The dangers of white phosphorus in the manufacture of matches led to the development of the “hygienic” or safety match. The major innovation in its development was the use of red phosphorus, not on the head of the match but instead on a specially designed striking surface.
Arthur Albright developed the industrial process for large-scale manufacture of red phosphorus after Schrötter’s discoveries became known. By 1851, his company was producing the substance by heating white phosphorus in a sealed pot at a specific temperature. He exhibited his red phosphorus in 1851, at The Great Exhibition in London.
The idea of creating a specially designed striking surface was developed in 1844 by the Swede Gustaf Erik Pasch. Pasch patented the use of red phosphorus in the striking surface. He found that this could ignite heads that did not need to contain white phosphorus. Johan Edvard and his younger brother Carl Frans Lundström (1823–1917) started a large-scale match industry in Jönköping, Sweden around 1847, but the improved safety match was not introduced until around 1850–55. The Lundström brothers had obtained a sample of red phosphorus matches from Arthur Albright at The Great Exhibition, held at The Crystal Palace in 1851, but had misplaced it and therefore they did not try the matches until just before the Paris Exhibition of 1855 when they found that the matches were still usable. In 1858 their company produced around 12 million matchboxes.
The safety of true “safety matches” is derived from the separation of the reactive ingredients between a match head on the end of a paraffin-impregnated splint and the special striking surface (in addition to the safety aspect of replacing the white phosphorus with red phosphorus). The idea for separating the chemicals had been introduced in 1859 in the form of two-headed matches known in France as Allumettes Androgynes. These were sticks with one end made of potassium chlorate and the other of red phosphorus. They had to be broken and the heads rubbed together. There was however a risk of the heads rubbing each other accidentally in their box. Such dangers were removed when the striking surface was moved to the outside of the box. The development of a specialized matchbook with both matches and a striking surface occurred in the 1890s with the American Joshua Pusey, who sold his patent to the Diamond Match Company.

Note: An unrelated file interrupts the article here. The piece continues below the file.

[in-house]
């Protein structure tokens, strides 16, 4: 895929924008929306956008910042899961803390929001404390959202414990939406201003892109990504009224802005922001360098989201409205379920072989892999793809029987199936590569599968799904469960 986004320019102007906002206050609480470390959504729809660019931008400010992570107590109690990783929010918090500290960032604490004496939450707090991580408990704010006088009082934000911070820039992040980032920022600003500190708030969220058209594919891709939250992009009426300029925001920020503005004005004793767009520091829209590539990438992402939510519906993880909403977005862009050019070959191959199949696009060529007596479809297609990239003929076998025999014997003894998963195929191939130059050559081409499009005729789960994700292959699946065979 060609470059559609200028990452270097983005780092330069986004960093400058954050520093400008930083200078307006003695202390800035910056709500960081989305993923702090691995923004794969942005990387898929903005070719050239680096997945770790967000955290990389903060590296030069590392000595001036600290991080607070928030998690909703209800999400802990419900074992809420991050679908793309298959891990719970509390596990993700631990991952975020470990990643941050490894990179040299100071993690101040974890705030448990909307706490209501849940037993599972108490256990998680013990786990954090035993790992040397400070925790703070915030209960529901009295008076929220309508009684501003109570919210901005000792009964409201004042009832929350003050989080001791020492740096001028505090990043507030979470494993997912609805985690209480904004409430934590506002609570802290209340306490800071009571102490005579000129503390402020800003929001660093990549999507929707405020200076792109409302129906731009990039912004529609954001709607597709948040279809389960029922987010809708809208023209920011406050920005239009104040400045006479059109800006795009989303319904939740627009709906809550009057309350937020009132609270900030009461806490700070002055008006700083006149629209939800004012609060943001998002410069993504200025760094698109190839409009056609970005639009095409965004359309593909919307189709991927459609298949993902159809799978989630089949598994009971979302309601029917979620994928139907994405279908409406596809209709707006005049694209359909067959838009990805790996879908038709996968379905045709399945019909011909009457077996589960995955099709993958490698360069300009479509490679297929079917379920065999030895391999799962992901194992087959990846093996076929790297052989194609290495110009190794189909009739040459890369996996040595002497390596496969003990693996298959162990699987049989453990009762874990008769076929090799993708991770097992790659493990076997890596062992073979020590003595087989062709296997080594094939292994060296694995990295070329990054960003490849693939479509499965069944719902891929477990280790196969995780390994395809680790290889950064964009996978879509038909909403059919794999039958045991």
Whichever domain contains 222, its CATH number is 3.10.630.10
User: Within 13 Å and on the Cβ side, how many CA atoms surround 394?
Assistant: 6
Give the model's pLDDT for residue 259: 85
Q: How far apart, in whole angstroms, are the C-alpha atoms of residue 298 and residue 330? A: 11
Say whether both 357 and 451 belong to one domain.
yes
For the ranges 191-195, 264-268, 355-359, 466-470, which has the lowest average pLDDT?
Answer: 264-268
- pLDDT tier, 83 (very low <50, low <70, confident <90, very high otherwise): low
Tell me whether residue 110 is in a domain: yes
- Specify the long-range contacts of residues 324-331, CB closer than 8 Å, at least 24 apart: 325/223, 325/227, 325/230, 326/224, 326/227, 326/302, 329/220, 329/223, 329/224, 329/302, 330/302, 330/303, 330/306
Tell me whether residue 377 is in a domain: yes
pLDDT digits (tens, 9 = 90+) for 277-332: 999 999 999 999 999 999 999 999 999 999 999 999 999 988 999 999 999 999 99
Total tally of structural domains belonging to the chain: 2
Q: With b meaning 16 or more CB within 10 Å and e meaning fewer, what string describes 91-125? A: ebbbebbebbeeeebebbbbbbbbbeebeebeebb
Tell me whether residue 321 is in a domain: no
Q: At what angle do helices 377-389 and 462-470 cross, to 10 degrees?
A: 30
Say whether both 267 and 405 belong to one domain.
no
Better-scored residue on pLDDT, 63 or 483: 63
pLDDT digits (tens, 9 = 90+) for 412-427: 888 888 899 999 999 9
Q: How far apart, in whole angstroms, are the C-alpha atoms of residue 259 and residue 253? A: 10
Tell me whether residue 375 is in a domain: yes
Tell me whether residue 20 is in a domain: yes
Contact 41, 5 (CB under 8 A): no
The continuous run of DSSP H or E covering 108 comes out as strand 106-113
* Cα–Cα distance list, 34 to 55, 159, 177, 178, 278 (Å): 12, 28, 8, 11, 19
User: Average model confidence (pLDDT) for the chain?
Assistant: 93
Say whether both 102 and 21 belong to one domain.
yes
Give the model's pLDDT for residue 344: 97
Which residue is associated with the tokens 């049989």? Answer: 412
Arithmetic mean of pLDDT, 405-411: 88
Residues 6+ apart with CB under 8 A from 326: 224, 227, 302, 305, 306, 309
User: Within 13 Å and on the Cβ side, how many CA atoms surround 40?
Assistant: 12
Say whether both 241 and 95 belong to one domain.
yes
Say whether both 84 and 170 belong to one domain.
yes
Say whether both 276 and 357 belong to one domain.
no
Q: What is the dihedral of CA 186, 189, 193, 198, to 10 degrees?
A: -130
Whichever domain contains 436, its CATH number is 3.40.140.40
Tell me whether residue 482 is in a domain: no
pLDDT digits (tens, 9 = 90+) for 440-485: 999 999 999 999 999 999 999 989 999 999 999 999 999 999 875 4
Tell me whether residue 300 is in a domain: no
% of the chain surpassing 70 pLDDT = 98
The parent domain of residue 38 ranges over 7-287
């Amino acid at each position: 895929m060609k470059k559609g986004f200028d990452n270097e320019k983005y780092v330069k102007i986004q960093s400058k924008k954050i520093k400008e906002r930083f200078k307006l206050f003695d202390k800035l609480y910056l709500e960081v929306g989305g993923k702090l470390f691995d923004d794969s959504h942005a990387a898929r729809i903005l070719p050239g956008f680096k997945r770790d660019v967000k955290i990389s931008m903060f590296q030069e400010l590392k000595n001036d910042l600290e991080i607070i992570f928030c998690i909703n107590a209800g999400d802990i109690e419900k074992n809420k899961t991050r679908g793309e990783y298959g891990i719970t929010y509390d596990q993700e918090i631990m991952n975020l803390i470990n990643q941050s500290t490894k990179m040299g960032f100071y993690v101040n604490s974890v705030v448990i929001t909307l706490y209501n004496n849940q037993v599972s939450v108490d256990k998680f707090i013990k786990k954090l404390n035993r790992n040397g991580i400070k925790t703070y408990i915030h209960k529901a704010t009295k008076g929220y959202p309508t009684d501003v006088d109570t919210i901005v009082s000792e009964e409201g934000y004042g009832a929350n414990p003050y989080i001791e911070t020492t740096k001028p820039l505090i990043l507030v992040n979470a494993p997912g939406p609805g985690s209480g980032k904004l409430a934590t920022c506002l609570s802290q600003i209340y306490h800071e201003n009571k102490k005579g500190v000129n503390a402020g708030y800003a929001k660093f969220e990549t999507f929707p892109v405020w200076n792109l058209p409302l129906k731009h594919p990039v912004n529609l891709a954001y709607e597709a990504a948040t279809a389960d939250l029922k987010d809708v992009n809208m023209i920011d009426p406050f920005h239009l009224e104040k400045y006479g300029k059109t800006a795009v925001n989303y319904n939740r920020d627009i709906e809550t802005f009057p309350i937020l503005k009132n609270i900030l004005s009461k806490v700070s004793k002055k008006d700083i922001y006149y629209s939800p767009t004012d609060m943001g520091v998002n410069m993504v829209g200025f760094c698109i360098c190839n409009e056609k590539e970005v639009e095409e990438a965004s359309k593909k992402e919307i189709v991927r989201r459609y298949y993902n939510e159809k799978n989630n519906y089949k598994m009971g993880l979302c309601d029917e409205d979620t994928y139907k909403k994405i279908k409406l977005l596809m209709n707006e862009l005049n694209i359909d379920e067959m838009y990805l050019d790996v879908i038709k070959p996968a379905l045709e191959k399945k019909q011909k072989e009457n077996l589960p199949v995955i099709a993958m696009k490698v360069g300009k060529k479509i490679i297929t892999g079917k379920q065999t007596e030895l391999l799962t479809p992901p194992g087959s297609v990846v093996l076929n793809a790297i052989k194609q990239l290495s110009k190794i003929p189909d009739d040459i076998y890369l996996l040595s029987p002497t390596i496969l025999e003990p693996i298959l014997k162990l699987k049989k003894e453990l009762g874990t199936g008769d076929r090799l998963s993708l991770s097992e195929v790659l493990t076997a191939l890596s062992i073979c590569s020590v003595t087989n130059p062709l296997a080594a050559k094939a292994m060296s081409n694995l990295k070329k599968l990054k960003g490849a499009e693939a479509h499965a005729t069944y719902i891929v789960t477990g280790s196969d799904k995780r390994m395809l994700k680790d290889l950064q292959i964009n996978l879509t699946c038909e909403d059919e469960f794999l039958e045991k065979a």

The striking surface on modern matchboxes is typically composed of 25% powdered glass or other abrasive material, 50% red phosphorus, 5% neutralizer, 4% carbon black, and 16% binder; and the match head is typically composed of 45–55% potassium chlorate, with a little sulfur and starch, a neutralizer (ZnO or CaCO
3), 20–40% of siliceous filler, diatomite, and glue. Some heads contain antimony(III) sulfide to make them burn more vigorously. Safety matches ignite due to the extreme reactivity of phosphorus with the potassium chlorate in the match head. When the match is struck the phosphorus and chlorate mix in a small amount forming something akin to the explosive Armstrong’s mixture which ignites due to the friction.
The Swedes long held a virtual worldwide monopoly on safety matches, with the industry mainly situated in Jönköping, by 1903 called Jönköpings & Vulcans Tändsticksfabriks AB. In France, they sold the rights to their safety match patent to Coigent Père & Fils of Lyon, but Coigent contested the payment in the French courts, on the basis that the invention was known in Vienna before the Lundström brothers patented it. The British match manufacturer Bryant and May visited Jönköping in 1858 to try to obtain a supply of safety matches, but it was unsuccessful. In 1862 it established its own factory and bought the rights for the British safety match patent from the Lundström brothers.